A Prog Supreme: Magma in the 70s

Magma article

Originally written for Prog Zone Magazine in April 2013.

While many progressive rock bands owe a debt to the classical and jazz music that came before, few were as successful at combining both styles simultaneously as the French band Magma.  Their unique sound arose from the brain of drummer, vocalist and main composer Christian Vander in response to the death of jazz saxophonist John Coltrane. Coltrane’s themes of spirituality and transcendence (most obvious in his later albums A Love Supreme, Ascension and Meditations) persist throughout all of Magma’s works, even as their sound changed to further incorporate classical and operatic influences – those of Carl Orff in particular. Vander unified these influences with an ambitious sci-fi concept that lead to the most controversial aspect of Magma’s sound. All the albums (excluding a one-off flop in the 80s) are sung in Vander’s invented language: Kobaïan.

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An Interview with Tony Levin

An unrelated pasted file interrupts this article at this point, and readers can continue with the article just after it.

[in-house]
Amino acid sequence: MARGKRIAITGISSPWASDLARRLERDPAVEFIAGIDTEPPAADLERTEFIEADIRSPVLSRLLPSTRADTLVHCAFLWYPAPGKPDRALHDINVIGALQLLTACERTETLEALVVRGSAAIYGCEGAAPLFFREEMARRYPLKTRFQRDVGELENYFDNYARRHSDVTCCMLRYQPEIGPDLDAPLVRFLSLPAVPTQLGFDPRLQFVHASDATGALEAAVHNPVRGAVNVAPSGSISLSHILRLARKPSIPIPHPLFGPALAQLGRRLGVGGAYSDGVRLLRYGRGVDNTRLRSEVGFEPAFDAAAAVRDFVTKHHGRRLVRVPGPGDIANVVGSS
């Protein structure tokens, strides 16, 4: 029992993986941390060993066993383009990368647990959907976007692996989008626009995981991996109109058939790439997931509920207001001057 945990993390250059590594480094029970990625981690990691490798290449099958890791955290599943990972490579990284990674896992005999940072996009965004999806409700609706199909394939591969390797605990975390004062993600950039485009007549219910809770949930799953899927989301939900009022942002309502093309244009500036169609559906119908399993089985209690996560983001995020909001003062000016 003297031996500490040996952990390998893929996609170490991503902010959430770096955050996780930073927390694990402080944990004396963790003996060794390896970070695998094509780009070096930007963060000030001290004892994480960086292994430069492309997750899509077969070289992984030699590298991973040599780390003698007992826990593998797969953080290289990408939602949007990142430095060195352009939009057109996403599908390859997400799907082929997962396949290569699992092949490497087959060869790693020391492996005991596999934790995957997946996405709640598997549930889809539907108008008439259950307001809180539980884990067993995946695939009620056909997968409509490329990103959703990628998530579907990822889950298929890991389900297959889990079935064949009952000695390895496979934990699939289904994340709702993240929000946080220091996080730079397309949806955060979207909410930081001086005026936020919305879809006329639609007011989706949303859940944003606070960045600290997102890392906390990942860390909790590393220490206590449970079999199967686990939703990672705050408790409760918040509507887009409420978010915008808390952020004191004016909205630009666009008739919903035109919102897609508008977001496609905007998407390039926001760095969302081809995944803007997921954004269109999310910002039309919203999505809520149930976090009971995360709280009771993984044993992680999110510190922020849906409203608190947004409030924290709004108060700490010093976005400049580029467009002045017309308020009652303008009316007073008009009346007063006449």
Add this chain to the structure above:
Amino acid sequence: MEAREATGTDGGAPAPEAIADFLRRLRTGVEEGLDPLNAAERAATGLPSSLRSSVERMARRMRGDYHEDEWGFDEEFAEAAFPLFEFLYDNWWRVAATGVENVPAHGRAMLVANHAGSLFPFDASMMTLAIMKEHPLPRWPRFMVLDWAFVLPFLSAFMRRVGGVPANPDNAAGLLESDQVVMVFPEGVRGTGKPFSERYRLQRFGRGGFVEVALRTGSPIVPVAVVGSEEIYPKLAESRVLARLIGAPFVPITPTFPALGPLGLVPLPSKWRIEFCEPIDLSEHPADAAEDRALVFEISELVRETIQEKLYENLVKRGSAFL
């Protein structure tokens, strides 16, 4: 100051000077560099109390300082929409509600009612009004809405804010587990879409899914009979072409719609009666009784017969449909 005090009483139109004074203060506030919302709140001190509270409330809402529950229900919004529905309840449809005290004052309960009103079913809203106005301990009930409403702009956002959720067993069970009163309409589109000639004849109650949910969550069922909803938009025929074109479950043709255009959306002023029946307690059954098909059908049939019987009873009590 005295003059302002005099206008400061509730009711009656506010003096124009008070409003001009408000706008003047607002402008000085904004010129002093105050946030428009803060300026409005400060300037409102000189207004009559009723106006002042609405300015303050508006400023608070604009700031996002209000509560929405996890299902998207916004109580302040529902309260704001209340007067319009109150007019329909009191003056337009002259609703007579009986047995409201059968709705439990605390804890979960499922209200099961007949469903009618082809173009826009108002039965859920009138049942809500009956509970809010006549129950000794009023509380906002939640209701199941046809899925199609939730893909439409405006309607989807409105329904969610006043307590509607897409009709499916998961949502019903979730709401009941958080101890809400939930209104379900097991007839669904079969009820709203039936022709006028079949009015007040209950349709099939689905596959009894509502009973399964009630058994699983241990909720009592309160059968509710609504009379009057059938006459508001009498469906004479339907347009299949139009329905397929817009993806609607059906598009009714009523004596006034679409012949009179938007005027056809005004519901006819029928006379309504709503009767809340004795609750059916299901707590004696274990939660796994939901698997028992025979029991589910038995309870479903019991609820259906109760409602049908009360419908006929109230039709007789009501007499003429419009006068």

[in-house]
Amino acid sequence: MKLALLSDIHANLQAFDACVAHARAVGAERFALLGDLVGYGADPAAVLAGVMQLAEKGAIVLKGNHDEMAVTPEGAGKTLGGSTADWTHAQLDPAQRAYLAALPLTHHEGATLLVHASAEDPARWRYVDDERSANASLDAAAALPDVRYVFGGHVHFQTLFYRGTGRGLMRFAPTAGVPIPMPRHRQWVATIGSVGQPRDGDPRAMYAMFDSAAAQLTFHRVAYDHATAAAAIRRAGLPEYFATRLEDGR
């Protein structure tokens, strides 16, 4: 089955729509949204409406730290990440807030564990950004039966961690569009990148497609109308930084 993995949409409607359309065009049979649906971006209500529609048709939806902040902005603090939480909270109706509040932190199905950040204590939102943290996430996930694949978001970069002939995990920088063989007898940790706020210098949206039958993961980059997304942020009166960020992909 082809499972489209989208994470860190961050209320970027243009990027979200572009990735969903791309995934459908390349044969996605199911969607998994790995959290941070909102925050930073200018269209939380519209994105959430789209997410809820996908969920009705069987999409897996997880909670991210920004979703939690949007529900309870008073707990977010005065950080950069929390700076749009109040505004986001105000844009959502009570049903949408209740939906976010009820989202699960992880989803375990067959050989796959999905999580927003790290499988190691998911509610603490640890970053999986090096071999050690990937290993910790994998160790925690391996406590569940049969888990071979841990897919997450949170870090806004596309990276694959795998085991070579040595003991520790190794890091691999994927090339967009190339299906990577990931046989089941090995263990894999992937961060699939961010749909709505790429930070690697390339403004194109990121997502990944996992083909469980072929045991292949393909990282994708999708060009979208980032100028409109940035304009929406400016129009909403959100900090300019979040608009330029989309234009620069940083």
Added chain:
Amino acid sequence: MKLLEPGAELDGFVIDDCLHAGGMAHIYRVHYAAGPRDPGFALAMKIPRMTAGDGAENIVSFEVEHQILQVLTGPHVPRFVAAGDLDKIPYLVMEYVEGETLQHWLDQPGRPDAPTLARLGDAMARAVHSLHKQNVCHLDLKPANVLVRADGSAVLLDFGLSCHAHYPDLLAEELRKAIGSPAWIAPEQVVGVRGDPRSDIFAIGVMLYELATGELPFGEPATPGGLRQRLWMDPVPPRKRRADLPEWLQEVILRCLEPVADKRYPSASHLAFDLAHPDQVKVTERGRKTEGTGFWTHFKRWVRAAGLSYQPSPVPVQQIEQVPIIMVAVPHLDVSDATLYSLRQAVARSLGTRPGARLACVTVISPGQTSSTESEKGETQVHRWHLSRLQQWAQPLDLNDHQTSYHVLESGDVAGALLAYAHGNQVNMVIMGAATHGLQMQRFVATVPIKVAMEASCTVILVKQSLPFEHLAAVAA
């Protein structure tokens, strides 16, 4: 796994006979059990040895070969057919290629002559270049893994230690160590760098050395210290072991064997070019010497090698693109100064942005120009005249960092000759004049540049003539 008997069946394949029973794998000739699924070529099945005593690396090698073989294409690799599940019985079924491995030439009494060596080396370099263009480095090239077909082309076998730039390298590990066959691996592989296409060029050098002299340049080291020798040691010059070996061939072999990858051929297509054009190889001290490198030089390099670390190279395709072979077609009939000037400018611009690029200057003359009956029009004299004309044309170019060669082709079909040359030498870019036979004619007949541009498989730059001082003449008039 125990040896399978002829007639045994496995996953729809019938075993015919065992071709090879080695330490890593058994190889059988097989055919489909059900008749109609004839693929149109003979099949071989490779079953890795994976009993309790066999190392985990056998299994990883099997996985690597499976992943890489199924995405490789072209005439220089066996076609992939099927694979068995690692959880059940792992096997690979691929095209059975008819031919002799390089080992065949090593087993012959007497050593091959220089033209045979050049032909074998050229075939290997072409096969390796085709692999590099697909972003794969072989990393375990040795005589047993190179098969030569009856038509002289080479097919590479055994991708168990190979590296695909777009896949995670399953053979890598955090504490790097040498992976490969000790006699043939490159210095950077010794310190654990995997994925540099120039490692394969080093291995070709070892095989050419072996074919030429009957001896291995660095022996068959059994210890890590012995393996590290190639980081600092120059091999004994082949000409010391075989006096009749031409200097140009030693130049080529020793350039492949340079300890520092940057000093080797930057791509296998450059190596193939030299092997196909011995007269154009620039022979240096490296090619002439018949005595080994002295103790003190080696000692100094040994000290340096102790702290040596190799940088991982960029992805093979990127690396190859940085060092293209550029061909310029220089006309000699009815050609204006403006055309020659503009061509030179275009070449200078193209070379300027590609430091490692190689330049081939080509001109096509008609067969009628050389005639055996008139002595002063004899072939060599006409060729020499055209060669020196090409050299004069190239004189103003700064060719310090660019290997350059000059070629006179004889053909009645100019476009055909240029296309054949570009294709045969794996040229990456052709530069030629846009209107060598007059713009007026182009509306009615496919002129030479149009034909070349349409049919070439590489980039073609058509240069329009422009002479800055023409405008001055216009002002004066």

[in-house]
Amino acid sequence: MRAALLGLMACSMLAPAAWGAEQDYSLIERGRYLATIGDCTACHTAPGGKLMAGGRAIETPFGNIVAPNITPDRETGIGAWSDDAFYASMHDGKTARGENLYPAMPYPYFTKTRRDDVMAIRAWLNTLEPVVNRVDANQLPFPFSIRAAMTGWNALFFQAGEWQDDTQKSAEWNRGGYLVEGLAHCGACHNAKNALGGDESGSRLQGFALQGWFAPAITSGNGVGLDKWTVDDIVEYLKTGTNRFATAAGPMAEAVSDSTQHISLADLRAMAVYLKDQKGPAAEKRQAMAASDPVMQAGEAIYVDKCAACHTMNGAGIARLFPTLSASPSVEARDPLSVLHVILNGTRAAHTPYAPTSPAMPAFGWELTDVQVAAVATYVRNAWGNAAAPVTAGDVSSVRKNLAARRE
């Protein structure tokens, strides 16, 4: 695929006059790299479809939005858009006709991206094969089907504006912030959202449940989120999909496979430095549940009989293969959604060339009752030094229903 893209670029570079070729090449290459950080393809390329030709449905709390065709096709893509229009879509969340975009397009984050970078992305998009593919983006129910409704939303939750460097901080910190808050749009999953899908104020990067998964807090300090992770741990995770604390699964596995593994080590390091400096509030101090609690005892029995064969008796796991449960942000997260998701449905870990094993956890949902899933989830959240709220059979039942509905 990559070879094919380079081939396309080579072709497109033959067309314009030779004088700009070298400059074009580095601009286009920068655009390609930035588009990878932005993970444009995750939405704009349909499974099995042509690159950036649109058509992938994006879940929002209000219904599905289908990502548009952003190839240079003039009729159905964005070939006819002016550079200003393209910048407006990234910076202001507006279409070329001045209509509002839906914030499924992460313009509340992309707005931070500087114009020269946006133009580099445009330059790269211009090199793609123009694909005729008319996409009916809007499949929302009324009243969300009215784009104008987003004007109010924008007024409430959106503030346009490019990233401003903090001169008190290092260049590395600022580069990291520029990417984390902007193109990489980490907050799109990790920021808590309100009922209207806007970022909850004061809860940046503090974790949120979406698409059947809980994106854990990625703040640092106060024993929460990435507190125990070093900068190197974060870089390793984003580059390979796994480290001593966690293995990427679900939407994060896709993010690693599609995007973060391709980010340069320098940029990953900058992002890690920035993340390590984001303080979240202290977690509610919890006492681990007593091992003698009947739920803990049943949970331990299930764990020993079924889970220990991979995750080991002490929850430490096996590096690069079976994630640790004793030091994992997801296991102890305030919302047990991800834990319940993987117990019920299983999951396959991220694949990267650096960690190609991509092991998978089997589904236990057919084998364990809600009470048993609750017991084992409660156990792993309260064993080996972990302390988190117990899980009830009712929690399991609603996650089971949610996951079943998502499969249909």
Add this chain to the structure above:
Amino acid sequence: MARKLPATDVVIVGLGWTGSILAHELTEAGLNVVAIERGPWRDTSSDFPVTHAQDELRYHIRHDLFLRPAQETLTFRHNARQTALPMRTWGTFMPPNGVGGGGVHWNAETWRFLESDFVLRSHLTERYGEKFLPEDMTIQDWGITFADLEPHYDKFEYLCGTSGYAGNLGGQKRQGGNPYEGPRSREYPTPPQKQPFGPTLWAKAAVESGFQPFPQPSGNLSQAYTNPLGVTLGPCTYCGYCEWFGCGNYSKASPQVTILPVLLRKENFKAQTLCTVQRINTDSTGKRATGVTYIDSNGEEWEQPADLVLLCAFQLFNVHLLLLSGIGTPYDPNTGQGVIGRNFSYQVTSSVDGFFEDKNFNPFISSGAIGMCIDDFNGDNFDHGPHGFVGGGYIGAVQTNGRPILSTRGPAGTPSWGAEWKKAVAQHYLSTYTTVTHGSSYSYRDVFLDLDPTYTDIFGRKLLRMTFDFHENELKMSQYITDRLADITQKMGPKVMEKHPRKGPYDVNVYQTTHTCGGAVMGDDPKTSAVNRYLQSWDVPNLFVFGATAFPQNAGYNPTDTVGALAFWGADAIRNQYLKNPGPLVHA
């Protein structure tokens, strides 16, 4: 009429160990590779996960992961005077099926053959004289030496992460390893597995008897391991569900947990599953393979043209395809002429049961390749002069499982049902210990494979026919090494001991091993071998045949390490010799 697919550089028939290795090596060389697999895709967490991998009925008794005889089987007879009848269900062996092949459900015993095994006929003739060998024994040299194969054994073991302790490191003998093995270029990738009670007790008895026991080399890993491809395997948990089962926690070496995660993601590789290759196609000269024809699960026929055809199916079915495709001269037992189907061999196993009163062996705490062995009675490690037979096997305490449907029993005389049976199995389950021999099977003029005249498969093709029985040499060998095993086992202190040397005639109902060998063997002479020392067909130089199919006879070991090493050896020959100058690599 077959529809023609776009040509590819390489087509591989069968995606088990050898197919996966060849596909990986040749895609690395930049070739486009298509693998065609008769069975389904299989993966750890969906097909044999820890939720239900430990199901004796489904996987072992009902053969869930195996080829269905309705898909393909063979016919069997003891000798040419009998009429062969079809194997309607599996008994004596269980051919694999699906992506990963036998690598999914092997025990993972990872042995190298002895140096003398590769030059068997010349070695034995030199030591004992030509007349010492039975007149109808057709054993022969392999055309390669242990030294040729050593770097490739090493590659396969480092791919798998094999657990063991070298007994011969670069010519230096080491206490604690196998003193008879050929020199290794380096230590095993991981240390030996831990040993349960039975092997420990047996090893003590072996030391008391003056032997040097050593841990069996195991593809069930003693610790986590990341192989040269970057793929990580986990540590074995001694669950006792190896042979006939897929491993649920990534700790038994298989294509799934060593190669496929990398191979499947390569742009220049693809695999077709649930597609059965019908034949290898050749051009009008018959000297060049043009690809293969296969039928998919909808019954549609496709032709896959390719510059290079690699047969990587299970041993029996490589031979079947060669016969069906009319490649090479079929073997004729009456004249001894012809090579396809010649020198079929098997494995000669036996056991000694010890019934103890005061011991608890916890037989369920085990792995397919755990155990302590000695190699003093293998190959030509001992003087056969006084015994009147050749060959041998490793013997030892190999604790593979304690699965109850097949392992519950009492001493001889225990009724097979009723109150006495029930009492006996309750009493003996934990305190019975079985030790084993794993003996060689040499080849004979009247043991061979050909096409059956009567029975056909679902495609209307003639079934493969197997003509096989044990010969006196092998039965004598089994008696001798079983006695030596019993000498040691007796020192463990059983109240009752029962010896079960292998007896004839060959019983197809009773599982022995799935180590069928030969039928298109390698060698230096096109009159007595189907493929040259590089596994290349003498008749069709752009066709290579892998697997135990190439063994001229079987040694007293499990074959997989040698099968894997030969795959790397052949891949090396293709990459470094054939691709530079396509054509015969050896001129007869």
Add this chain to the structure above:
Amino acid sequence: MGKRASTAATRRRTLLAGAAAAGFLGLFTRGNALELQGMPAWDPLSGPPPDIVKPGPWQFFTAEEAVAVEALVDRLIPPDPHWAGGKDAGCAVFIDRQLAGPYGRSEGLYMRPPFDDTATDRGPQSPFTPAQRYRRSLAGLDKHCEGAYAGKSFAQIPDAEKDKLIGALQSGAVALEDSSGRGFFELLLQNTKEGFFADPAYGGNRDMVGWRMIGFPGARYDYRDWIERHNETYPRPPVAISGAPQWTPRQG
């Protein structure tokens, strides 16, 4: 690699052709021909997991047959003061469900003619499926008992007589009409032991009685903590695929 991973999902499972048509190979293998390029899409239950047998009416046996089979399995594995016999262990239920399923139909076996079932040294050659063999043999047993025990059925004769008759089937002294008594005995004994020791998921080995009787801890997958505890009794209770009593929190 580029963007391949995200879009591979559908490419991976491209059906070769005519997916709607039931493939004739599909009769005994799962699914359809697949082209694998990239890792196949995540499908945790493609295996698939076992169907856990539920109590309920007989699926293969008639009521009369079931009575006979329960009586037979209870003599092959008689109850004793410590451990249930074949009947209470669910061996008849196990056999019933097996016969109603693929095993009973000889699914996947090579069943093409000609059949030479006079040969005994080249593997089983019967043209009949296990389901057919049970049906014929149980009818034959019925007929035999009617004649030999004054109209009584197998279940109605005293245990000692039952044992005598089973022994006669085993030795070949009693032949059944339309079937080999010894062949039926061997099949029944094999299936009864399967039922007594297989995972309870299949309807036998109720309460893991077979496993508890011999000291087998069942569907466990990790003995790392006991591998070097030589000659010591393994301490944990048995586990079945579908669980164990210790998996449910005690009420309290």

I originally interviewed Tony Levin (King Crimson, Liquid Tension Experiment, Peter Gabriel) back in September 2013 for Prog Zone Magazine. He took time off his tour with Peter Gabriel to answer a few of my questions about his latest album – a collaboration between Levin, Jordan Rudess of Dream Theater and Marco Minnemann (whom I recently interviewed), titled Levin Minnemann Rudess. It was an absolute pleasure to be able to pick the brain of one of the greatest bassists around, only to be topped a month ago when I actually met Tony and several other King Crimson members during their tour of The Crimson ProjeKct.

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An Interview with Steven Wilson



Back in August 2013 I interviewed Steven Wilson for the (sadly now defunct) Prog Zone Magazine, to promote his upcoming Australian tour of The Raven Refused to Sing (And Other Stories). That concert may have come and gone now (and what a show it was!) but there’s still some interesting stuff to be found in this interview.

For those not aware, Steven Wilson is musician, producer and all round prog-rock polymath. Looking back at his body of work – his solo material, his original band Porcupine Tree, collaborating with Swedish prog metal titans Opeth and remastering old progressive rock classics – it’s not too surprising the man has a lot to say and it was a pleasure to be able to have a chat with him.

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